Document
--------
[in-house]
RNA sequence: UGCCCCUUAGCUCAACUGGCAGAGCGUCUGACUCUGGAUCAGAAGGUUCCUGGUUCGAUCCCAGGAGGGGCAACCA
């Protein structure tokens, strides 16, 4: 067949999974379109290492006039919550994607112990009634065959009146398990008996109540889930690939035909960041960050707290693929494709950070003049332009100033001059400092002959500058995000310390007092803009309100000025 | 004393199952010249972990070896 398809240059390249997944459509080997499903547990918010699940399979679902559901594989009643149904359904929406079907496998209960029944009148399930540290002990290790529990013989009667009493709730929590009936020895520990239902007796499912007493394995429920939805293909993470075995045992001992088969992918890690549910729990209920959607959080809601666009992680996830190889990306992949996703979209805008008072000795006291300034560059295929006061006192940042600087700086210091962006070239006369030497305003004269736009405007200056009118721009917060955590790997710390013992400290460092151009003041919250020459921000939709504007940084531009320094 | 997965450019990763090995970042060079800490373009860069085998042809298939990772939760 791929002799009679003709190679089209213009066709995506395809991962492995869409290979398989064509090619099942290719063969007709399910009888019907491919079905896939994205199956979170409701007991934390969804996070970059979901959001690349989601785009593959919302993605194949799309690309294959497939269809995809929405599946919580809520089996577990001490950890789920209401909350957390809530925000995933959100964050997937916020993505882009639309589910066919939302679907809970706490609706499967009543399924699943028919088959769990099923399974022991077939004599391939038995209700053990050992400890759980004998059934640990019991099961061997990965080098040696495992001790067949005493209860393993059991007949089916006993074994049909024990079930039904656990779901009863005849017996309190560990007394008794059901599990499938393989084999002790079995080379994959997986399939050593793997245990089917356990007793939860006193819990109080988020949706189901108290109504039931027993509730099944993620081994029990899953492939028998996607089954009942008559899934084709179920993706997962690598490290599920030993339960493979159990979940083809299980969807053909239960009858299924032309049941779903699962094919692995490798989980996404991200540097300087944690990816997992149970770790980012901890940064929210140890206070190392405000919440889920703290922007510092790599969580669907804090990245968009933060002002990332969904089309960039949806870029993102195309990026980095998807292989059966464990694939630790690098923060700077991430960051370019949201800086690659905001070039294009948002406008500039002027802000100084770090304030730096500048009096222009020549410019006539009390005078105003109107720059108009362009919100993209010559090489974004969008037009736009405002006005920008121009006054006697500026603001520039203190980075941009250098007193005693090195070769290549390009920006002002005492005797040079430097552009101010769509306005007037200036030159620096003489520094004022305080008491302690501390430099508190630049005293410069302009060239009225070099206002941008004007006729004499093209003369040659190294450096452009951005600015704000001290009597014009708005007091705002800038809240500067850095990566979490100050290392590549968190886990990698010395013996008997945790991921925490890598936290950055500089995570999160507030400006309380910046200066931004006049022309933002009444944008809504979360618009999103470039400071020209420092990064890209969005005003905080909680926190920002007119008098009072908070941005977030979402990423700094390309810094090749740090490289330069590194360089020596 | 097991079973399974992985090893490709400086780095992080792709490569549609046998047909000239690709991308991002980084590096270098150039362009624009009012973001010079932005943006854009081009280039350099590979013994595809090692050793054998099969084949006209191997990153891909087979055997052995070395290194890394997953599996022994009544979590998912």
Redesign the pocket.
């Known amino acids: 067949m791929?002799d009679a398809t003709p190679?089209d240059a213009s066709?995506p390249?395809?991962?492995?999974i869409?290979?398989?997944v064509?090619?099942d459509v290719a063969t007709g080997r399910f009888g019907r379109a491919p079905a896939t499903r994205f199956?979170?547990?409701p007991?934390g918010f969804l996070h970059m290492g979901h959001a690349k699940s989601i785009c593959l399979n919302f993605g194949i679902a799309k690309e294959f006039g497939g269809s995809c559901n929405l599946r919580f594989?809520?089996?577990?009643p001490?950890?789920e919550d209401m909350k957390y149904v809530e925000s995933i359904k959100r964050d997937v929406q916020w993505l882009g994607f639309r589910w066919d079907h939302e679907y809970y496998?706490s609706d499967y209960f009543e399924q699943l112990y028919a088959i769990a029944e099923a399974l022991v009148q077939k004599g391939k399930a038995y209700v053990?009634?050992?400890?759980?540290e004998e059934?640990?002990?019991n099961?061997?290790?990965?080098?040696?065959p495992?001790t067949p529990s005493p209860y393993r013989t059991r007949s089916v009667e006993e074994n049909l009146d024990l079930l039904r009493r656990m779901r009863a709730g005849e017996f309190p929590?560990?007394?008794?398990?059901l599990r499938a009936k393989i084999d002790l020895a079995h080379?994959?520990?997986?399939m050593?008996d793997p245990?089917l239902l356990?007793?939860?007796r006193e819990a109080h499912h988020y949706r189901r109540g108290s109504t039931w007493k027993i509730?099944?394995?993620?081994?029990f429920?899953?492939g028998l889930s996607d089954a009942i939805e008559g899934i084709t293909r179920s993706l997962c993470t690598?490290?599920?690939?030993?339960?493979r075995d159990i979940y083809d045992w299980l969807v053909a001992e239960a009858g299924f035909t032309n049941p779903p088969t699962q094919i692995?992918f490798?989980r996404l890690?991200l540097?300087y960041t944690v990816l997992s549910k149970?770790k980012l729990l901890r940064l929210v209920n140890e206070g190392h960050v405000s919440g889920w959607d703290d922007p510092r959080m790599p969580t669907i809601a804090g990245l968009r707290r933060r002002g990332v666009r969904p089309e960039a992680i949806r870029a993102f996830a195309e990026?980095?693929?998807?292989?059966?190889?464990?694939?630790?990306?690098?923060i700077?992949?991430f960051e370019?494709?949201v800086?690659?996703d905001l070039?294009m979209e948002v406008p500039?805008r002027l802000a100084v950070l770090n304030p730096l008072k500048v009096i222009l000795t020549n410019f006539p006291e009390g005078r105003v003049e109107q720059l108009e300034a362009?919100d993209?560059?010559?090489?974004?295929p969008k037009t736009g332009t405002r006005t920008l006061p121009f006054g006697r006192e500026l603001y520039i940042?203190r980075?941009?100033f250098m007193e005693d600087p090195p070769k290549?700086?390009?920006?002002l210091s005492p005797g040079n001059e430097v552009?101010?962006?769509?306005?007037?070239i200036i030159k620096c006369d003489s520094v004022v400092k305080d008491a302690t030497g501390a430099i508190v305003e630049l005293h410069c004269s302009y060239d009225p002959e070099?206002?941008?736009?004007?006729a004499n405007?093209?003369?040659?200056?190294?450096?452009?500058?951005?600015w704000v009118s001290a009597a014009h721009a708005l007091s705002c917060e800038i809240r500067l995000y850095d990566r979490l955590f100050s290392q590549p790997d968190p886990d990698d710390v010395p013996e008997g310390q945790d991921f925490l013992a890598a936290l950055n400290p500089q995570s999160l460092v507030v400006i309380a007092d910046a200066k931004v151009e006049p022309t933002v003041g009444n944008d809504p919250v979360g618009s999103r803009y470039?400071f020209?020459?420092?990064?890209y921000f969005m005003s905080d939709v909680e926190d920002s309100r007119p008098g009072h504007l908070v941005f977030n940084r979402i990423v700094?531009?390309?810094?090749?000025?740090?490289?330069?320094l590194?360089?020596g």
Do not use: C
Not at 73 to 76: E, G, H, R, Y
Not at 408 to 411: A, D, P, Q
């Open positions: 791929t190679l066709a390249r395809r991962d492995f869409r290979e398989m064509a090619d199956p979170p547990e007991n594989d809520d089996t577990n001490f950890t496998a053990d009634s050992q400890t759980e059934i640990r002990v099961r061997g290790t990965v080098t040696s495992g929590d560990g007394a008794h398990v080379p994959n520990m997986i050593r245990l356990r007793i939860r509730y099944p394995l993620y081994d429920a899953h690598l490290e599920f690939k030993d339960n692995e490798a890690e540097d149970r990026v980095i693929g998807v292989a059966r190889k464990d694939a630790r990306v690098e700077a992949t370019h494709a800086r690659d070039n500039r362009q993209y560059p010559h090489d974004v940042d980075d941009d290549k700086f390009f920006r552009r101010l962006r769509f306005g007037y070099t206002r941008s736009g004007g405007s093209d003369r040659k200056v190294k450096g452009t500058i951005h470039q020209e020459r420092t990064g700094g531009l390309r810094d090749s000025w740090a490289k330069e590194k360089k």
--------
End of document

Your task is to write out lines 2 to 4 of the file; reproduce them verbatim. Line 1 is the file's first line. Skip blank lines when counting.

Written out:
RNA sequence: UGCCCCUUAGCUCAACUGGCAGAGCGUCUGACUCUGGAUCAGAAGGUUCCUGGUUCGAUCCCAGGAGGGGCAACCA
């Protein structure tokens, strides 16, 4: 067949999974379109290492006039919550994607112990009634065959009146398990008996109540889930690939035909960041960050707290693929494709950070003049332009100033001059400092002959500058995000310390007092803009309100000025 | 004393199952010249972990070896 398809240059390249997944459509080997499903547990918010699940399979679902559901594989009643149904359904929406079907496998209960029944009148399930540290002990290790529990013989009667009493709730929590009936020895520990239902007796499912007493394995429920939805293909993470075995045992001992088969992918890690549910729990209920959607959080809601666009992680996830190889990306992949996703979209805008008072000795006291300034560059295929006061006192940042600087700086210091962006070239006369030497305003004269736009405007200056009118721009917060955590790997710390013992400290460092151009003041919250020459921000939709504007940084531009320094 | 997965450019990763090995970042060079800490373009860069085998042809298939990772939760 791929002799009679003709190679089209213009066709995506395809991962492995869409290979398989064509090619099942290719063969007709399910009888019907491919079905896939994205199956979170409701007991934390969804996070970059979901959001690349989601785009593959919302993605194949799309690309294959497939269809995809929405599946919580809520089996577990001490950890789920209401909350957390809530925000995933959100964050997937916020993505882009639309589910066919939302679907809970706490609706499967009543399924699943028919088959769990099923399974022991077939004599391939038995209700053990050992400890759980004998059934640990019991099961061997990965080098040696495992001790067949005493209860393993059991007949089916006993074994049909024990079930039904656990779901009863005849017996309190560990007394008794059901599990499938393989084999002790079995080379994959997986399939050593793997245990089917356990007793939860006193819990109080988020949706189901108290109504039931027993509730099944993620081994029990899953492939028998996607089954009942008559899934084709179920993706997962690598490290599920030993339960493979159990979940083809299980969807053909239960009858299924032309049941779903699962094919692995490798989980996404991200540097300087944690990816997992149970770790980012901890940064929210140890206070190392405000919440889920703290922007510092790599969580669907804090990245968009933060002002990332969904089309960039949806870029993102195309990026980095998807292989059966464990694939630790690098923060700077991430960051370019949201800086690659905001070039294009948002406008500039002027802000100084770090304030730096500048009096222009020549410019006539009390005078105003109107720059108009362009919100993209010559090489974004969008037009736009405002006005920008121009006054006697500026603001520039203190980075941009250098007193005693090195070769290549390009920006002002005492005797040079430097552009101010769509306005007037200036030159620096003489520094004022305080008491302690501390430099508190630049005293410069302009060239009225070099206002941008004007006729004499093209003369040659190294450096452009951005600015704000001290009597014009708005007091705002800038809240500067850095990566979490100050290392590549968190886990990698010395013996008997945790991921925490890598936290950055500089995570999160507030400006309380910046200066931004006049022309933002009444944008809504979360618009999103470039400071020209420092990064890209969005005003905080909680926190920002007119008098009072908070941005977030979402990423700094390309810094090749740090490289330069590194360089020596 | 097991079973399974992985090893490709400086780095992080792709490569549609046998047909000239690709991308991002980084590096270098150039362009624009009012973001010079932005943006854009081009280039350099590979013994595809090692050793054998099969084949006209191997990153891909087979055997052995070395290194890394997953599996022994009544979590998912």
Redesign the pocket.